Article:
Physical activity is an important part of health and fitness that many people, unfortunately, let fall by the wayside too often. Those who commit themselves, however, can achieve a plethora of rewards with regards to the way they feel and look. Though, with any physical activity, there is going to be a certain degree of injury risk involved. This is especially true in the lower limbs, and a wise approach to any workout or training program is guarding yourself against these kinds of sports injuries.
Causes of Sports Injuries
Sports injuries to the feet and ankles can be divided into two categories: those originating from a sudden force or impact (acute injuries), and those developing on account of repetition or overuse.
An acute injury is often caused by a sudden hit, like a tackle or collision, or an excessive amount of force applied to an area that is only designed to move or stretch so far. Common acute injuries include:
- Ankle Sprains – A sprain occurs when the ligaments surrounding the ankle joint are overextended or torn. This can happen when the ankle is forced to rotate over its normal range of motion. When a muscle or tendon suffers a similar injury, it is referred to as a strain.
- Fractures – A break in a bone, often caused by a high impact. The toes and ankles often bear the brunt of fractures, but any bone can realistically suffer a break.
- Turf Toe – This is a sprain at the joint at the base of the big toe, often suffered when the toe is forcefully bent upward. It gets its name for the frequency it happens in field sports, especially when someone is wearing cleats and their foot gets planted in a fixed position against the ground.
An overuse injury happens when part of the body is exposed to repetitive forces or worked too hard or too quickly without proper conditioning beforehand. Examples of common overuse injuries include:
- Stress Fractures – Unlike a standard fracture, a stress fracture is a small crack along the surface of the bone. Continuing to apply force to the bone often results in pain and can make the cracks worse over time.
- Achilles Tendonitis – The tendons that run down the back of the lower leg can become inflamed after a sudden increase of repeated activity. This can create tiny tears in the tendon, which can become progressively worse and cause heel pain without treatment or recovery.
- Morton’s Neuroma – This is a thickening of nerve tissue at the ball of the foot that is common among runners. The repeated pounding of the feet against hard surfaces can cause irritation and compression of the nerve, leading to sensations of pain, tingling, or numbness.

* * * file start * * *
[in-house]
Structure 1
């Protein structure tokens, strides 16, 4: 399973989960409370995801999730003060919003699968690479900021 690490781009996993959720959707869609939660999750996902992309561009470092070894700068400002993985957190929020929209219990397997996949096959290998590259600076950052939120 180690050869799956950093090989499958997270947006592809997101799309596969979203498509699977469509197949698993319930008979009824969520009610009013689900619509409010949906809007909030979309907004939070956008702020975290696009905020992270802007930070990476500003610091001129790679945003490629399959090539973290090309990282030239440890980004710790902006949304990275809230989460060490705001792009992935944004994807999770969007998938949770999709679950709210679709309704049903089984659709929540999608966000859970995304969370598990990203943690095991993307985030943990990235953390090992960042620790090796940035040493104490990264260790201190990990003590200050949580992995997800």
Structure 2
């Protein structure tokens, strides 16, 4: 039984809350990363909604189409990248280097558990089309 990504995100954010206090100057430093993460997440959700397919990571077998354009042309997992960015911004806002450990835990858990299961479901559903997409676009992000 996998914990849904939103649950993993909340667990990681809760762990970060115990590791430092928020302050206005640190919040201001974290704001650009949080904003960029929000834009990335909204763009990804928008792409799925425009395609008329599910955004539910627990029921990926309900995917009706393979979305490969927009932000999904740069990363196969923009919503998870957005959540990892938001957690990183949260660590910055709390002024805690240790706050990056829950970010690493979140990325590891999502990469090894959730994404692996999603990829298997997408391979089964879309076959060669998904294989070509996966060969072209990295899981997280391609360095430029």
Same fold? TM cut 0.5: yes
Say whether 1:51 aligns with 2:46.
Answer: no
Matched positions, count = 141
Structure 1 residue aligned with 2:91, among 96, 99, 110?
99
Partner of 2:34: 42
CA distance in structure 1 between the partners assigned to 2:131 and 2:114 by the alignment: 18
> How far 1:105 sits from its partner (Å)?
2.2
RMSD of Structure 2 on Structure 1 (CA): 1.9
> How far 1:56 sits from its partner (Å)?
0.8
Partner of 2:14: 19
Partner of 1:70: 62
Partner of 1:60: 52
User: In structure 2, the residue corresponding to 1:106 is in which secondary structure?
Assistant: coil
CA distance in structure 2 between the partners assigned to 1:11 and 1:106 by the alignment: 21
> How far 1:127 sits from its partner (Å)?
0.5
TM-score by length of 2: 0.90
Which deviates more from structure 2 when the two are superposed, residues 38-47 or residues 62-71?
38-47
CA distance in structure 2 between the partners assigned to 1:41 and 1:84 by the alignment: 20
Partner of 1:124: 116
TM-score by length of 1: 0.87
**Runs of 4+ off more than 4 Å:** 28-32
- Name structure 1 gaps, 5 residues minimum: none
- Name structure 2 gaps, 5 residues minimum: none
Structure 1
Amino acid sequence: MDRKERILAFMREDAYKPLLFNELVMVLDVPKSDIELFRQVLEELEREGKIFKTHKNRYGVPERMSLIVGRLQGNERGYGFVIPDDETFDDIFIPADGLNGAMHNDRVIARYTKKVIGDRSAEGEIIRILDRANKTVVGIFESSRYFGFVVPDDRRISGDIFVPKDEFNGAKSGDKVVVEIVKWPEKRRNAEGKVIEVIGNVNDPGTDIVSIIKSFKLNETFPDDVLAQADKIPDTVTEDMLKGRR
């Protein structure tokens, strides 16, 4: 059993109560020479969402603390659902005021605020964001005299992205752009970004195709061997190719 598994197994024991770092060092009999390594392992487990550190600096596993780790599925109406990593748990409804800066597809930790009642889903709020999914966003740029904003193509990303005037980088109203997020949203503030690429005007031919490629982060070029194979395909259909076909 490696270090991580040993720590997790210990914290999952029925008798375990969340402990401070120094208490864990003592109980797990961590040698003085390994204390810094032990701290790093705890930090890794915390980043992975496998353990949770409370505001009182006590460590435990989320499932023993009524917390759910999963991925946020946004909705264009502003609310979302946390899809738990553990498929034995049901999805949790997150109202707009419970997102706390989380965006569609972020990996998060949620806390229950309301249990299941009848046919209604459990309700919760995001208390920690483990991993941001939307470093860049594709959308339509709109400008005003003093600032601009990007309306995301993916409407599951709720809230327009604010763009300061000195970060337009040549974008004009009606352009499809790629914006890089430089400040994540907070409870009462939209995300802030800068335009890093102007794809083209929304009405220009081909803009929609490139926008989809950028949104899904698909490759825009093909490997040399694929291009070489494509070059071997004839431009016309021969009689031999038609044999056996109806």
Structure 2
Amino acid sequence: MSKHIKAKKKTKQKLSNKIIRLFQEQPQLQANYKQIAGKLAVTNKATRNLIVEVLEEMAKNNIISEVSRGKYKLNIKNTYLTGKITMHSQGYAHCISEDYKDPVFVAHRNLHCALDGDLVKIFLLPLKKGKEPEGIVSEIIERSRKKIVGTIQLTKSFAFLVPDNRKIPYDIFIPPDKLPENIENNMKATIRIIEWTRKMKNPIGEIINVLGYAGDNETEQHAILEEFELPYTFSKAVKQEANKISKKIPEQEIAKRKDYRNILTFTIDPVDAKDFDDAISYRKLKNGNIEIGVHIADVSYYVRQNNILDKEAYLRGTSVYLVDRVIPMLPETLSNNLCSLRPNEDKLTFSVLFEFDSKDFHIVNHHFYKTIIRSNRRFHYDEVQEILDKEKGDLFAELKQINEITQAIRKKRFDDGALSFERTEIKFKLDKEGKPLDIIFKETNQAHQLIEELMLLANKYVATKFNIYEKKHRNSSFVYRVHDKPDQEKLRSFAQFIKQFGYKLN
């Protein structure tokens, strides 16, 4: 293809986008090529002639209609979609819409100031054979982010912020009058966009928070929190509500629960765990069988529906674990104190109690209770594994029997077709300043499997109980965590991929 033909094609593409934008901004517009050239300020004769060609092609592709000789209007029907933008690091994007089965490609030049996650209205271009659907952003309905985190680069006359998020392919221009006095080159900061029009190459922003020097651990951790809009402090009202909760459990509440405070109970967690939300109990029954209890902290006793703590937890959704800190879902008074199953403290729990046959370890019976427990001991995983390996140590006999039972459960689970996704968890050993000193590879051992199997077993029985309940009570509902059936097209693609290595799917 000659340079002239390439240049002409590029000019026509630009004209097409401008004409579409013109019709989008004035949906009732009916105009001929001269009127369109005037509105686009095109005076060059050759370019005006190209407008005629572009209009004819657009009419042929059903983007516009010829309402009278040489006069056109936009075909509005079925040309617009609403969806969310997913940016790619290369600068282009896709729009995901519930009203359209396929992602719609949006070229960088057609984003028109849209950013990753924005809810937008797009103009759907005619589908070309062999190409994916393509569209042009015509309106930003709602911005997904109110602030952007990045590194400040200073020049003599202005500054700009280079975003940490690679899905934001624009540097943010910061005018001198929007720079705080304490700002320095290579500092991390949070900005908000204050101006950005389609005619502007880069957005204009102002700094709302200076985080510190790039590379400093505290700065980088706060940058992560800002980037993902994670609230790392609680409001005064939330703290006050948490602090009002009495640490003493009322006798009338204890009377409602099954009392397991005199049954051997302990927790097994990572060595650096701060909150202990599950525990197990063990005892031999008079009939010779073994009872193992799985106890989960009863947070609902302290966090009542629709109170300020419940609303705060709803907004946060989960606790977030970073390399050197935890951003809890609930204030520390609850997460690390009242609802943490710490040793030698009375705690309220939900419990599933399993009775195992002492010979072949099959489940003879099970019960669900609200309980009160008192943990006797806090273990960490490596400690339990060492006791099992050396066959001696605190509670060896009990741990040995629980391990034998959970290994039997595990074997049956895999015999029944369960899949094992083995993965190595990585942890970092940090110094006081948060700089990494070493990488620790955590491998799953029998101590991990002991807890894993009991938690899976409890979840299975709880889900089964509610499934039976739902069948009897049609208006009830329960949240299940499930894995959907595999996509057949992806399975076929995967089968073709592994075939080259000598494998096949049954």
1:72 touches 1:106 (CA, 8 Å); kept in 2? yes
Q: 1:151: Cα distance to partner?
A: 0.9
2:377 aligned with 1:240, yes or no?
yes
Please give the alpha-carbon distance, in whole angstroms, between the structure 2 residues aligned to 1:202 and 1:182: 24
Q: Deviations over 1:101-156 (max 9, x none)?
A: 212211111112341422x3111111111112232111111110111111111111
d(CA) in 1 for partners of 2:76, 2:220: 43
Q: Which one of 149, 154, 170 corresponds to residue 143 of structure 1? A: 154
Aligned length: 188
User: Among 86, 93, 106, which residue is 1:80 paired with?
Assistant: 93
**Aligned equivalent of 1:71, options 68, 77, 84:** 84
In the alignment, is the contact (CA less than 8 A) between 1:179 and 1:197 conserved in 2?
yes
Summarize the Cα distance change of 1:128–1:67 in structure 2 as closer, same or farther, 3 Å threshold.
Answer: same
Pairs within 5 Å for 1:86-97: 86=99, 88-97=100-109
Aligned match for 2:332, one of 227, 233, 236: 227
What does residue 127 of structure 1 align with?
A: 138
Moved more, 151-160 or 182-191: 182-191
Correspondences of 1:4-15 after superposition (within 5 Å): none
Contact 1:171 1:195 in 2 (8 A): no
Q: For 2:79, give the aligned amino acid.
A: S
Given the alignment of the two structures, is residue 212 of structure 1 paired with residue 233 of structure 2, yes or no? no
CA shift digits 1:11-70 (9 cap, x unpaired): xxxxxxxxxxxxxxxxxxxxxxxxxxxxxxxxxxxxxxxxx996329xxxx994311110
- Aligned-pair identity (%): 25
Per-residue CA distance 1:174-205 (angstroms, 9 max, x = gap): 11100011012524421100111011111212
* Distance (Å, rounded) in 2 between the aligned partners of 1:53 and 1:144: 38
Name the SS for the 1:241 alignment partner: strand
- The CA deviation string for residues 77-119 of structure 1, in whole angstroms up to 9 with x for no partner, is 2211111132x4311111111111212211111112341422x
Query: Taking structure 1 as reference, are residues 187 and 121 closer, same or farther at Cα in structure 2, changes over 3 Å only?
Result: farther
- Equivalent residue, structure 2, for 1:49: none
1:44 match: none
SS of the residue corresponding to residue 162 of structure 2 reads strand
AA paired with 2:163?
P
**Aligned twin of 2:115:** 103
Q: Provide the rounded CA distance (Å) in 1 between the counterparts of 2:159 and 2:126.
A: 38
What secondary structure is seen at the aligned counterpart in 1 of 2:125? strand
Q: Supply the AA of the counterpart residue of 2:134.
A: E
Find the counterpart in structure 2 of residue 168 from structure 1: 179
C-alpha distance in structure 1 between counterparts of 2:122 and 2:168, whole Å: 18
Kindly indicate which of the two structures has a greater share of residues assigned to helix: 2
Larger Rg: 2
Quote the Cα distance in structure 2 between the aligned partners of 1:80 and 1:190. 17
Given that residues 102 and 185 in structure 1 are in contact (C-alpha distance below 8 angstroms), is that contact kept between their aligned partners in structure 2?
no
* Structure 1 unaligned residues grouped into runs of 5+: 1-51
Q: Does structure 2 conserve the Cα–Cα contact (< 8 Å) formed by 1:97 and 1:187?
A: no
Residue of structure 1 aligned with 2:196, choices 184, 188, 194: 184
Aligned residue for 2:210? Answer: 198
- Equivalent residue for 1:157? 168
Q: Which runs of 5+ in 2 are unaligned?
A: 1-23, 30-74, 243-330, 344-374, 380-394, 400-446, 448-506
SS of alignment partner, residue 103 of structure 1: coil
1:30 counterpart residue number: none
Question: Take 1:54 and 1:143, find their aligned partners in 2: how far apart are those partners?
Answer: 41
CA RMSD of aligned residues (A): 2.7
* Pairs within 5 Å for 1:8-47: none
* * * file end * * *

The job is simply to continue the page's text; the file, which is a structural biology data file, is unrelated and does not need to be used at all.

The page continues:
- Black Toenail – Another condition often seen among runners, this is a collection of blood beneath a toenail often caused by the repetitive striking of the nail against the inside of a shoe. The discoloration can be accompanied by a throbbing pain, and sometimes the toenail will fall off.
Sports Injury Treatment and Prevention
Treatment for most sports injuries typically starts with a reduction in the amount of the injury-causing activity, or even a complete rest from it until the injury has had a chance to heal and fully recover. Physical therapy or rehabilitating exercises will also be recommended in many cases to rebuild and recondition the affected area and avoid re-injury. This is especially true in injuries such as ankle sprains, which can lead to long-term pain and instability if they do not heal properly.
The best treatment for sports injuries, however, is avoiding them as best one can in the first place. When starting a new activity, start slowly and gradually work yourself up over a course of weeks until you reach your desired level. Going too hard, too fast can place too much strain on your body before it has been properly conditioned, resulting in injury. Also be sure to use the right equipment for the activity, and always listen to your body: if something starts to hurt, don’t “walk it off.” Stop and rest.
Professional Foot and Ankle Sports Injury Treatment
Our hope is that you are able to use preventative measures to keep you safe from injury in the first place. Failing that, contact McVay Foot & Ankle and we will provide the effective care you need. We will start with conservative treatment options, but take comfort in the fact that we also perform successful surgical procedures when needed. Call us today at (719) 266-5000 to connect with our Colorado Springs office.
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